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Sunday, 29 March 2015

Book Review: Man of Clay





Book Blurb:

Connie lives in a modern day harem with her ex, two wives, and their five children. It's a 'sensible arrangement that cracks when a new woman arrives on the scene. Is this one wife too many? Connie struggles with the realization she must finally let her husband go. As she builds her last collection of ceramics, Connie reflects on longing, serial monogamy and his career as a herpetologist. Humans have much in common with frogs. Metamorphosis parallels the reactions of mud and glaze in a kiln, Man of Clay is about family, frogs, and art. The kiln fires hotter than the crematorium.

Book Review:


Man of Clay is a women’s fiction written by Victoria Osborne. Connie Baldwin, a sculptor leads a complex life. She has never stopped loving Jude, her ex-husband whom she divorced out of guilt when she could not give him another child. Connie plays matchmaker, Jude and her friend Zita marries and has children. Jude eventually divorces Zita, marries Simone and starts another family. Connie convinces Jude that he and “the wives and kids” should all live in her apartment building as one happy family. This arrangement seems to work until Jude admits his involvement with another woman, and Zita plans on marrying again. Connie’s well-structured life suddenly unhinges and she finds herself battling to keep her “wives harem” together with Jude as the primary male in their lives.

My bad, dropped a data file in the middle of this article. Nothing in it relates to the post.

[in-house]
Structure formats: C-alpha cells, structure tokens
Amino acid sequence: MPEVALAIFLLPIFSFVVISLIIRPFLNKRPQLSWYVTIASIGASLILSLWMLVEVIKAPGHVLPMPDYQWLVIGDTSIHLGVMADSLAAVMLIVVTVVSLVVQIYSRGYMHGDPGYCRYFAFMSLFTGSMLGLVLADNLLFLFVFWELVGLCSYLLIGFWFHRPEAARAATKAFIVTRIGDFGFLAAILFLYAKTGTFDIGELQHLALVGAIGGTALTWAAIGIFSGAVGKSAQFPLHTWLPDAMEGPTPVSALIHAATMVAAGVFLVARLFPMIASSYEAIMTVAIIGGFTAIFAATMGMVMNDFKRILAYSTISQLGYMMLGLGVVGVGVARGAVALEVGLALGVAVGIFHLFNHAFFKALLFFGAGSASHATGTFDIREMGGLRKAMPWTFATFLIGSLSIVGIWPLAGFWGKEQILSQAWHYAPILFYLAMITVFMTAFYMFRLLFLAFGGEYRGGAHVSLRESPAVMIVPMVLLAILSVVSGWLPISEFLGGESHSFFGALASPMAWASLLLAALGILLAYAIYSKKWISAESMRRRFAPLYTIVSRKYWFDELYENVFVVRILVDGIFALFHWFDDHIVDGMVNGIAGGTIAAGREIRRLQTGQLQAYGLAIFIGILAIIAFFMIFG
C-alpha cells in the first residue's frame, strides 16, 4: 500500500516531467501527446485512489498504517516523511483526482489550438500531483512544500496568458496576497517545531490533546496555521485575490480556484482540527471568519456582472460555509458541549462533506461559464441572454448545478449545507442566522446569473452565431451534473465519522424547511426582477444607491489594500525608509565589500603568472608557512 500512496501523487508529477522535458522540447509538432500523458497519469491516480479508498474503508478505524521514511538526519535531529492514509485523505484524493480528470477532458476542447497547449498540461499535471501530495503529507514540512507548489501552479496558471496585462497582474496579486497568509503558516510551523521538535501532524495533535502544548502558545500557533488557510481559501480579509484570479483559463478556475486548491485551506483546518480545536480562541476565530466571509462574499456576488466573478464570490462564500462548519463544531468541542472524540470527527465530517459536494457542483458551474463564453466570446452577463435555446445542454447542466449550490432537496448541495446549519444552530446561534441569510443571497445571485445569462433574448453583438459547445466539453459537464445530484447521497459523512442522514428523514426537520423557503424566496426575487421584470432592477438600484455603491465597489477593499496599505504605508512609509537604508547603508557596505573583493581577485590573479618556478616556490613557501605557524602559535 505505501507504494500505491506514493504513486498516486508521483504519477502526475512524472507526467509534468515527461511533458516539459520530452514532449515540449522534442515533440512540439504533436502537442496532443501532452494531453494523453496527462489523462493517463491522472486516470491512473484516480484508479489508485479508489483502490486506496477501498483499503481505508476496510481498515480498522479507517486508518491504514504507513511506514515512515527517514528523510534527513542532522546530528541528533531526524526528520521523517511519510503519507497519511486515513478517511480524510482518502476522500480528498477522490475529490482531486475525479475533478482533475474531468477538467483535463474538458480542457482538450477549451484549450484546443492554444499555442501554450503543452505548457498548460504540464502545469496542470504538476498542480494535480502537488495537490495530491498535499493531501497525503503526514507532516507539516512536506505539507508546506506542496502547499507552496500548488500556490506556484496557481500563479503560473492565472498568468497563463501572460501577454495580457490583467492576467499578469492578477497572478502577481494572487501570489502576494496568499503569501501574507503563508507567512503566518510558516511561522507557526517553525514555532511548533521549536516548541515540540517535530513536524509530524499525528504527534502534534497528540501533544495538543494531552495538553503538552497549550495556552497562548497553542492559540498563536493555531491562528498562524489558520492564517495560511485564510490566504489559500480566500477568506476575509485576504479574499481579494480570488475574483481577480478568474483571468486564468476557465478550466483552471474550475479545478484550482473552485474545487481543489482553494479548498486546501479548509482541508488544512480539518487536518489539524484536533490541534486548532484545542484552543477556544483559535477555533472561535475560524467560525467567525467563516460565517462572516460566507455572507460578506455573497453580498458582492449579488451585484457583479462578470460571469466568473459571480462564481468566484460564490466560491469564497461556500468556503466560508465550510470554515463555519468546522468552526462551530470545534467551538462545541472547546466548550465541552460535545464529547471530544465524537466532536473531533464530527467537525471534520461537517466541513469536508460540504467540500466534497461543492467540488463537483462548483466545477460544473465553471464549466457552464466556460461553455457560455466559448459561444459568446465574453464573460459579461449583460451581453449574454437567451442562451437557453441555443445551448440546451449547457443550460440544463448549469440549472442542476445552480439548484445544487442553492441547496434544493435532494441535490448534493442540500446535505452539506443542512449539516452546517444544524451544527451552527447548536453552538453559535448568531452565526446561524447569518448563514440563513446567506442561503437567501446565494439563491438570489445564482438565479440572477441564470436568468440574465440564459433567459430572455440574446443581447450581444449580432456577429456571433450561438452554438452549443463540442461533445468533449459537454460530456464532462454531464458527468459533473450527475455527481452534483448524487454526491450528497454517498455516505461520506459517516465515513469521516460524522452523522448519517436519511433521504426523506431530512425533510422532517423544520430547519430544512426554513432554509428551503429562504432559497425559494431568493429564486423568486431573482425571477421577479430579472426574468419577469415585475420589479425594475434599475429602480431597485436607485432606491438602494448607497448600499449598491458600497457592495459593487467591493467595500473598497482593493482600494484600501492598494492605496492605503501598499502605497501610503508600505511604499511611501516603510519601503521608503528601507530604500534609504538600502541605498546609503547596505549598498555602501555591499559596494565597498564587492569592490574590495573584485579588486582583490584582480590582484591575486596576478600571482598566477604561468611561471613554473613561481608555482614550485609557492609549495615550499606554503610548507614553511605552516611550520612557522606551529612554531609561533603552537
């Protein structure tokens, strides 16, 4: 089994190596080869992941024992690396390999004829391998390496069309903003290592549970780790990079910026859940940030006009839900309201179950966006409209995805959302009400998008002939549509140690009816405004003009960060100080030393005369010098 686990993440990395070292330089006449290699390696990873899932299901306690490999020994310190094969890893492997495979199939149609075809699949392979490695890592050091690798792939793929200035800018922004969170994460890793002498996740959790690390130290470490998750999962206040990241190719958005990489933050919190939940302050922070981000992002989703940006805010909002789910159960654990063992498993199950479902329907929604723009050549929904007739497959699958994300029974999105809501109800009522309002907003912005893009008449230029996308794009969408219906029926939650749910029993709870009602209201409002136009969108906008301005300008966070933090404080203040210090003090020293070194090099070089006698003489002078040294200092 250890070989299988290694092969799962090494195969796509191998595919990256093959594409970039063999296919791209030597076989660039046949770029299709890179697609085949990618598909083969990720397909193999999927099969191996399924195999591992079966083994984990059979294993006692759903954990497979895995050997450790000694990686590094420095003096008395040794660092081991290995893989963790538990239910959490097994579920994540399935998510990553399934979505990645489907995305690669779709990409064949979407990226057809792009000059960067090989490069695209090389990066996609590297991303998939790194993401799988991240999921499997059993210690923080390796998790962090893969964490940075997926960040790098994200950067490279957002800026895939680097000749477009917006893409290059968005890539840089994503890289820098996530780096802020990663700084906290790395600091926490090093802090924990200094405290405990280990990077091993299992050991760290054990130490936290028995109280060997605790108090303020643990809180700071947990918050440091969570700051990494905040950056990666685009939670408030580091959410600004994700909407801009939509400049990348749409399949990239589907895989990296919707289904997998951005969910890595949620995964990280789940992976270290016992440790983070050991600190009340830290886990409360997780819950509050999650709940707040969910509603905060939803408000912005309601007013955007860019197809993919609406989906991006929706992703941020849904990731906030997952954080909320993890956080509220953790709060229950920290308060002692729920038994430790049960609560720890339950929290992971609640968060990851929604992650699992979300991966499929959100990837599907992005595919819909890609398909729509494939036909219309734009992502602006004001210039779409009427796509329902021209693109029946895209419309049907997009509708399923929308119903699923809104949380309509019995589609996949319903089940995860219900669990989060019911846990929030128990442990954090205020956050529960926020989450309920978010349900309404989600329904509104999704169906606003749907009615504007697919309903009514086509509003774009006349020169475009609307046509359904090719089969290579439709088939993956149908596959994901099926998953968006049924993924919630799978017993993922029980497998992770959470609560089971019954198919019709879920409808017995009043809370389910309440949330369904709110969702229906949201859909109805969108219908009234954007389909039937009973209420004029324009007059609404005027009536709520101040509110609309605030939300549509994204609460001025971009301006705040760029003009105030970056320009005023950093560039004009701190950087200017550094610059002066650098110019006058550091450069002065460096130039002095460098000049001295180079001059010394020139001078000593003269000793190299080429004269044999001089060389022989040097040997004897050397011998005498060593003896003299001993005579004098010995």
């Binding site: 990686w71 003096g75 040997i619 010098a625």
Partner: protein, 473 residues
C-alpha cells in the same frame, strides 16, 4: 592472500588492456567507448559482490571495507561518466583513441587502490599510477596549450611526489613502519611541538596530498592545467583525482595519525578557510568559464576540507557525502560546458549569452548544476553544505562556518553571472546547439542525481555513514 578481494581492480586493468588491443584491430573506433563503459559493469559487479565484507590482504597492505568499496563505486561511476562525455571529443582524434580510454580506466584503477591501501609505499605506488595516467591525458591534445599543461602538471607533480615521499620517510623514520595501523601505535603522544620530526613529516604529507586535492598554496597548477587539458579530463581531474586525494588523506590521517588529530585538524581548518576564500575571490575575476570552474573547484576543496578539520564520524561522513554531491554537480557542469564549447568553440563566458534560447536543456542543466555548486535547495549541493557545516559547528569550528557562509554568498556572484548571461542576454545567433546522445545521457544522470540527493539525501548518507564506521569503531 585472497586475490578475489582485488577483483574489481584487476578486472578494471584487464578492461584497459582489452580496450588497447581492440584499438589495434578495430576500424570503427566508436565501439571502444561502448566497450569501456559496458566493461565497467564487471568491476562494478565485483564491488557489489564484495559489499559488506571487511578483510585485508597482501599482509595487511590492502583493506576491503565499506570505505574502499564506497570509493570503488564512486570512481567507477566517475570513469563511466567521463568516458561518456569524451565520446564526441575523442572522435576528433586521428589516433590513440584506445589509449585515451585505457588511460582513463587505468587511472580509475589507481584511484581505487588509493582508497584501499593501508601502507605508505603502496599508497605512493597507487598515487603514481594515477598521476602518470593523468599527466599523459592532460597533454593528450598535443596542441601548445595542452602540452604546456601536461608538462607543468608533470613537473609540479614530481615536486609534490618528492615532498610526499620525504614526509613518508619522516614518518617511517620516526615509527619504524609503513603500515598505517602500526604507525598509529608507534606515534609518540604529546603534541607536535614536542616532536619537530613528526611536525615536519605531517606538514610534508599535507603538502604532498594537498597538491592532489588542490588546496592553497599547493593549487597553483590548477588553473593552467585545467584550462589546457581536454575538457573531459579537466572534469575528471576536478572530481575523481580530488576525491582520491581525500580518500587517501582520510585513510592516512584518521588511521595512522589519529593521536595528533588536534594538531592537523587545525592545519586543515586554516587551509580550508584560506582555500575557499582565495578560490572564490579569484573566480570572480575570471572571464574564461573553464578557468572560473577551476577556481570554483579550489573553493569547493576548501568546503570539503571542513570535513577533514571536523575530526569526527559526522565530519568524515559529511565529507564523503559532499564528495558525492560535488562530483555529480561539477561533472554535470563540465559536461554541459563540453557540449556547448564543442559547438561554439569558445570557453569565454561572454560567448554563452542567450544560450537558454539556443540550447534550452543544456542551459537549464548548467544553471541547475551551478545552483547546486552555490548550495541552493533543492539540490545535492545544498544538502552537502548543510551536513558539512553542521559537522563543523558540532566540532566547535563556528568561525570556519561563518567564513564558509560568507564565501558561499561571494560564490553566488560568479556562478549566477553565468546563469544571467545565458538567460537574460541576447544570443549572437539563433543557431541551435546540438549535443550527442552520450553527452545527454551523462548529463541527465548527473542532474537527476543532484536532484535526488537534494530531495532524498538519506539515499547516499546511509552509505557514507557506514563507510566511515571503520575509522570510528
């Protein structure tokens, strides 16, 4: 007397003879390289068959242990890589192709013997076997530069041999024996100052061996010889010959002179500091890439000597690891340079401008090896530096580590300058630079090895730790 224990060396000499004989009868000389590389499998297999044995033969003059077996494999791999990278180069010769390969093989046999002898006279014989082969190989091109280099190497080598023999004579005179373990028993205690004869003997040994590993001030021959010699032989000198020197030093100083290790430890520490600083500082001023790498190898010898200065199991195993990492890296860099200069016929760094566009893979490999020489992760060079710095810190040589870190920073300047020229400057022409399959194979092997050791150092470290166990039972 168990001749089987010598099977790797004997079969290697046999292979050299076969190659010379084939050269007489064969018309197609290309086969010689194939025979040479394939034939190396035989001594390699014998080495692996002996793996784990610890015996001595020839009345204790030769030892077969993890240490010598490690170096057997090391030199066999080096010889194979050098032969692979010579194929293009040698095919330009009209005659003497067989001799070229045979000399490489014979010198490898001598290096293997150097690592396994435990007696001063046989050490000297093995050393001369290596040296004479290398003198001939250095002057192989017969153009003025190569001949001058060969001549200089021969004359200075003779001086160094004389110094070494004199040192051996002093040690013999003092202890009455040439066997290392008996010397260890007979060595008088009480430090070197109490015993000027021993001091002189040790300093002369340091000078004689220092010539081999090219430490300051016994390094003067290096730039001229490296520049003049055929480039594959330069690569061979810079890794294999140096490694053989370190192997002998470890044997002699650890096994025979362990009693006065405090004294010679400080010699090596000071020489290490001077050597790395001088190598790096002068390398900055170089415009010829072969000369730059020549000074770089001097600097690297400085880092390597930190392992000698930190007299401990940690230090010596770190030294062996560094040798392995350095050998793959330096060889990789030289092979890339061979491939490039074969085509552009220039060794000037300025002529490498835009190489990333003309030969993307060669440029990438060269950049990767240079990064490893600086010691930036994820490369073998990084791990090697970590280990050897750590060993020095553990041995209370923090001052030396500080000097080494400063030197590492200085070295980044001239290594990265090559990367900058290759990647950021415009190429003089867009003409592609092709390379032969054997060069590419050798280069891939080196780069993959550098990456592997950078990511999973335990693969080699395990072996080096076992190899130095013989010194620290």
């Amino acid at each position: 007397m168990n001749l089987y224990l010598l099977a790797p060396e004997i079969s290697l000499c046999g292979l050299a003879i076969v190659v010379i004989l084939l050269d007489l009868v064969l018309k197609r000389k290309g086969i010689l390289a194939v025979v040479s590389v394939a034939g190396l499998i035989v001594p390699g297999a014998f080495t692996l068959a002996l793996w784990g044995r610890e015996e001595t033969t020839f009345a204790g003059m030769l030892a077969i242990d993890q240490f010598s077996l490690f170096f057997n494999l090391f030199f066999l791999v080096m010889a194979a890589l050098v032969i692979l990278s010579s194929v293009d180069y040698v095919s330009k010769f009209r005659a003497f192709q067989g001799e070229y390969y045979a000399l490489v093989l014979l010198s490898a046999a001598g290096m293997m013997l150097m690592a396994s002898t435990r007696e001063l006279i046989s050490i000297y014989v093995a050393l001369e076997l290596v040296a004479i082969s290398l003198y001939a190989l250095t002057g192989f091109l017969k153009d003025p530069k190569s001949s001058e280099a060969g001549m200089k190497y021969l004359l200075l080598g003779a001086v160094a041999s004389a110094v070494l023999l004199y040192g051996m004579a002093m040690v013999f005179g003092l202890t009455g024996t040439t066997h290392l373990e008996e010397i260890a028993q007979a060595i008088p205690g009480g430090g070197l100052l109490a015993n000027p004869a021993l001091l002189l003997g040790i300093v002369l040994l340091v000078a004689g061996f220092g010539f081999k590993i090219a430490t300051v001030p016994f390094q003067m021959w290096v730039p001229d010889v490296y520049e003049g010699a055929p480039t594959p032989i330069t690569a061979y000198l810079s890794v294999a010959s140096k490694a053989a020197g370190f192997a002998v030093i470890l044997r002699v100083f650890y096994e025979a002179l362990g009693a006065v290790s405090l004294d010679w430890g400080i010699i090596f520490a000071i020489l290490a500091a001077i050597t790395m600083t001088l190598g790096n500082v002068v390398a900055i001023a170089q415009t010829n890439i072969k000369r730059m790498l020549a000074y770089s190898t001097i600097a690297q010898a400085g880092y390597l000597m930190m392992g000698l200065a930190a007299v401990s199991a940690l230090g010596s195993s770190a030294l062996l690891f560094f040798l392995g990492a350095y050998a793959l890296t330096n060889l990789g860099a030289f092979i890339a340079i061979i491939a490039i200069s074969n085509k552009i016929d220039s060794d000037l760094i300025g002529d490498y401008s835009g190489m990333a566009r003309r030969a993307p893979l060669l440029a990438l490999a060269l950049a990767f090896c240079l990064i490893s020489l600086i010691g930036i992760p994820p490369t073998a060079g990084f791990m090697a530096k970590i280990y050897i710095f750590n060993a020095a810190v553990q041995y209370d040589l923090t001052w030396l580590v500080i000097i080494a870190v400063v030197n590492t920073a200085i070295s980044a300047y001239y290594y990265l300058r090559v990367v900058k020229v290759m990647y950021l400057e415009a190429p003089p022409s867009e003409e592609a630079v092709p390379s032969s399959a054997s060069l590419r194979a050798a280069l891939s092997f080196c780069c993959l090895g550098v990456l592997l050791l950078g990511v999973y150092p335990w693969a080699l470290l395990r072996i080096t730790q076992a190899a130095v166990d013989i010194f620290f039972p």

“You can’t have your cake and eat it too, or can you?” Reading Man of Clay made me realize that this quote does not apply to Connie who narrates so emotionally about the changes in her life. The characters try to maintain stability in their unusual living arrangement but insist on doing things out of the ordinary. I think Connie is overly protective, yet slightly jealous as she strives to create the perfect family while still yearning for Jude. Jude is a womanizer who tends to” go with the flow” and let the wives make most decisions. The story has a mature writing structure that is more suitable for older adults, and it moves at a slower pace that seems appropriate for a setting that reflects the 1960’s onwards.

The characters have strong personas, which are different from each other, so that made the drama absorbing. There are numerous interesting comparisons throughout the book about the similarities of humans and frogs, as Connie refers to some amphibians that are associated with fertility. The cover illustration is lovely. This is Victoria Osborne’s first novel and she has managed to produce a nicely written, very original thought-provoking story.


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Here are links to Victoria Osborne's book:

Amazon  : Man of Clay

GoodreadsMan of Clay

Facebook: Victoria Osborne


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